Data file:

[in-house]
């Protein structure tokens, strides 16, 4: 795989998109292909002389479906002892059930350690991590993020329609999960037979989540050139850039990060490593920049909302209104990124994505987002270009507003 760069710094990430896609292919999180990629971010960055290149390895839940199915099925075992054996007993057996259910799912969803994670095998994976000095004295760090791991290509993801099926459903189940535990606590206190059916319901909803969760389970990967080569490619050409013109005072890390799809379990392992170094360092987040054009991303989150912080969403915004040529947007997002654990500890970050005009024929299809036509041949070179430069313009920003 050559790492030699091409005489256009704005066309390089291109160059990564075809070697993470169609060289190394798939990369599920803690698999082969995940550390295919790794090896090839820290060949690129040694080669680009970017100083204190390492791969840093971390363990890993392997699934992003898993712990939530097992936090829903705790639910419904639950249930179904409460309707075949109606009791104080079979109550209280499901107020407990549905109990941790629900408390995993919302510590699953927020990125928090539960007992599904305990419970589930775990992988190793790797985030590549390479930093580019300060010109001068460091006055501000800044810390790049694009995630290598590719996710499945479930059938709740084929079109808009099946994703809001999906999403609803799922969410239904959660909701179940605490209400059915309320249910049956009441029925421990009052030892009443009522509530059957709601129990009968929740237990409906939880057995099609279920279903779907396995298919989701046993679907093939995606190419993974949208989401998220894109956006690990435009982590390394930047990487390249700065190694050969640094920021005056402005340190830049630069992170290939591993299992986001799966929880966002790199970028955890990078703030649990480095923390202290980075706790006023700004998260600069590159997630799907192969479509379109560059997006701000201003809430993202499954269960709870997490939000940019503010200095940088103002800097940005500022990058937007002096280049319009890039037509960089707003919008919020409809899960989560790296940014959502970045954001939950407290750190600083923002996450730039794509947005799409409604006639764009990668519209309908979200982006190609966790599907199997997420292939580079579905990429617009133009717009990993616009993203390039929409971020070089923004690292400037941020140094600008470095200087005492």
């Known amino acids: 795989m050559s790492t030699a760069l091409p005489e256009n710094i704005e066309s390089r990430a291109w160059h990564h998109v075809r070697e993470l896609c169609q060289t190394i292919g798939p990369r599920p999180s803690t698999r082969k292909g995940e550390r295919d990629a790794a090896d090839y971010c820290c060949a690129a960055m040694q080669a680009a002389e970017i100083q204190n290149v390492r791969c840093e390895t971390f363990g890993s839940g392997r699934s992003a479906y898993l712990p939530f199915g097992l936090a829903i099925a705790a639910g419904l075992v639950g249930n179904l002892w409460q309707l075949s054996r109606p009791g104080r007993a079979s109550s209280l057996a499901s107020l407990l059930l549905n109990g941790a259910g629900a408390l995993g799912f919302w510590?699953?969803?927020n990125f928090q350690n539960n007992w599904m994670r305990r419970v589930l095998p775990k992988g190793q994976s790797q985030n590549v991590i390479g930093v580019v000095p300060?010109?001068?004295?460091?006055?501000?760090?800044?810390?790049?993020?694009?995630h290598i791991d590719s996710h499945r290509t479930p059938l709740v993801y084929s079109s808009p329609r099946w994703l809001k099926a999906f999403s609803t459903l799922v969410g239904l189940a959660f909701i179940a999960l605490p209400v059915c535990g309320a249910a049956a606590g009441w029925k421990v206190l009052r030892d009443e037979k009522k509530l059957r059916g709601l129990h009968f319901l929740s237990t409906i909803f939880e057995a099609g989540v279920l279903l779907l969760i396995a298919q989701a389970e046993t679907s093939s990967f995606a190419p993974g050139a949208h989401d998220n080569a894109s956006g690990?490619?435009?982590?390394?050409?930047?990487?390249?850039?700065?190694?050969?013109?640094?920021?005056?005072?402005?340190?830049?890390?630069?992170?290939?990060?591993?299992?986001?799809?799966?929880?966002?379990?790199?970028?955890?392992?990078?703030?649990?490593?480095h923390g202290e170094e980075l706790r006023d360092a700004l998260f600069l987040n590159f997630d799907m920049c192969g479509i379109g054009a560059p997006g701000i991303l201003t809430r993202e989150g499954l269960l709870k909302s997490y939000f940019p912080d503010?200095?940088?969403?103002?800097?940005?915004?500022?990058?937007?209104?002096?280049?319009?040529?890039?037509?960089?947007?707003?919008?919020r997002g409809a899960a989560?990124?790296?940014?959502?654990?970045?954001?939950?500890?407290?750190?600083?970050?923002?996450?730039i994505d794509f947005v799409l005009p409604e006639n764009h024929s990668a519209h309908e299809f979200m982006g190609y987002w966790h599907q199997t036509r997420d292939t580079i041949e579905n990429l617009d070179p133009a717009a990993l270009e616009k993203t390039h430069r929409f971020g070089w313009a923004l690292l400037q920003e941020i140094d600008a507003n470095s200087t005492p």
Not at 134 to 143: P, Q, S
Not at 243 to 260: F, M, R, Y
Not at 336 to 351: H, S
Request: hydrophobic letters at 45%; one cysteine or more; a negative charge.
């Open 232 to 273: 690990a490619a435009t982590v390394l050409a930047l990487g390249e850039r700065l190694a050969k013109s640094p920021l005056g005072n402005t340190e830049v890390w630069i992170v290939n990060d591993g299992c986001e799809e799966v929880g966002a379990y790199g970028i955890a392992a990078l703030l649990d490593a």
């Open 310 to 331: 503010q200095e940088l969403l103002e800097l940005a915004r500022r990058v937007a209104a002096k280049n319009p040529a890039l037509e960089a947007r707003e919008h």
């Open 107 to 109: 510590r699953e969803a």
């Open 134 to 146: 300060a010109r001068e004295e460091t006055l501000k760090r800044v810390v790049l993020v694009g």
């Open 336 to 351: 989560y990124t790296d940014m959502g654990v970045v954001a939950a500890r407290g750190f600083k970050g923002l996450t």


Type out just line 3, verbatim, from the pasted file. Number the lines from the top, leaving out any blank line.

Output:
């Known amino acids: 795989m050559s790492t030699a760069l091409p005489e256009n710094i704005e066309s390089r990430a291109w160059h990564h998109v075809r070697e993470l896609c169609q060289t190394i292919g798939p990369r599920p999180s803690t698999r082969k292909g995940e550390r295919d990629a790794a090896d090839y971010c820290c060949a690129a960055m040694q080669a680009a002389e970017i100083q204190n290149v390492r791969c840093e390895t971390f363990g890993s839940g392997r699934s992003a479906y898993l712990p939530f199915g097992l936090a829903i099925a705790a639910g419904l075992v639950g249930n179904l002892w409460q309707l075949s054996r109606p009791g104080r007993a079979s109550s209280l057996a499901s107020l407990l059930l549905n109990g941790a259910g629900a408390l995993g799912f919302w510590?699953?969803?927020n990125f928090q350690n539960n007992w599904m994670r305990r419970v589930l095998p775990k992988g190793q994976s790797q985030n590549v991590i390479g930093v580019v000095p300060?010109?001068?004295?460091?006055?501000?760090?800044?810390?790049?993020?694009?995630h290598i791991d590719s996710h499945r290509t479930p059938l709740v993801y084929s079109s808009p329609r099946w994703l809001k099926a999906f999403s609803t459903l799922v969410g239904l189940a959660f909701i179940a999960l605490p209400v059915c535990g309320a249910a049956a606590g009441w029925k421990v206190l009052r030892d009443e037979k009522k509530l059957r059916g709601l129990h009968f319901l929740s237990t409906i909803f939880e057995a099609g989540v279920l279903l779907l969760i396995a298919q989701a389970e046993t679907s093939s990967f995606a190419p993974g050139a949208h989401d998220n080569a894109s956006g690990?490619?435009?982590?390394?050409?930047?990487?390249?850039?700065?190694?050969?013109?640094?920021?005056?005072?402005?340190?830049?890390?630069?992170?290939?990060?591993?299992?986001?799809?799966?929880?966002?379990?790199?970028?955890?392992?990078?703030?649990?490593?480095h923390g202290e170094e980075l706790r006023d360092a700004l998260f600069l987040n590159f997630d799907m920049c192969g479509i379109g054009a560059p997006g701000i991303l201003t809430r993202e989150g499954l269960l709870k909302s997490y939000f940019p912080d503010?200095?940088?969403?103002?800097?940005?915004?500022?990058?937007?209104?002096?280049?319009?040529?890039?037509?960089?947007?707003?919008?919020r997002g409809a899960a989560?990124?790296?940014?959502?654990?970045?954001?939950?500890?407290?750190?600083?970050?923002?996450?730039i994505d794509f947005v799409l005009p409604e006639n764009h024929s990668a519209h309908e299809f979200m982006g190609y987002w966790h599907q199997t036509r997420d292939t580079i041949e579905n990429l617009d070179p133009a717009a990993l270009e616009k993203t390039h430069r929409f971020g070089w313009a923004l690292l400037q920003e941020i140094d600008a507003n470095s200087t005492p």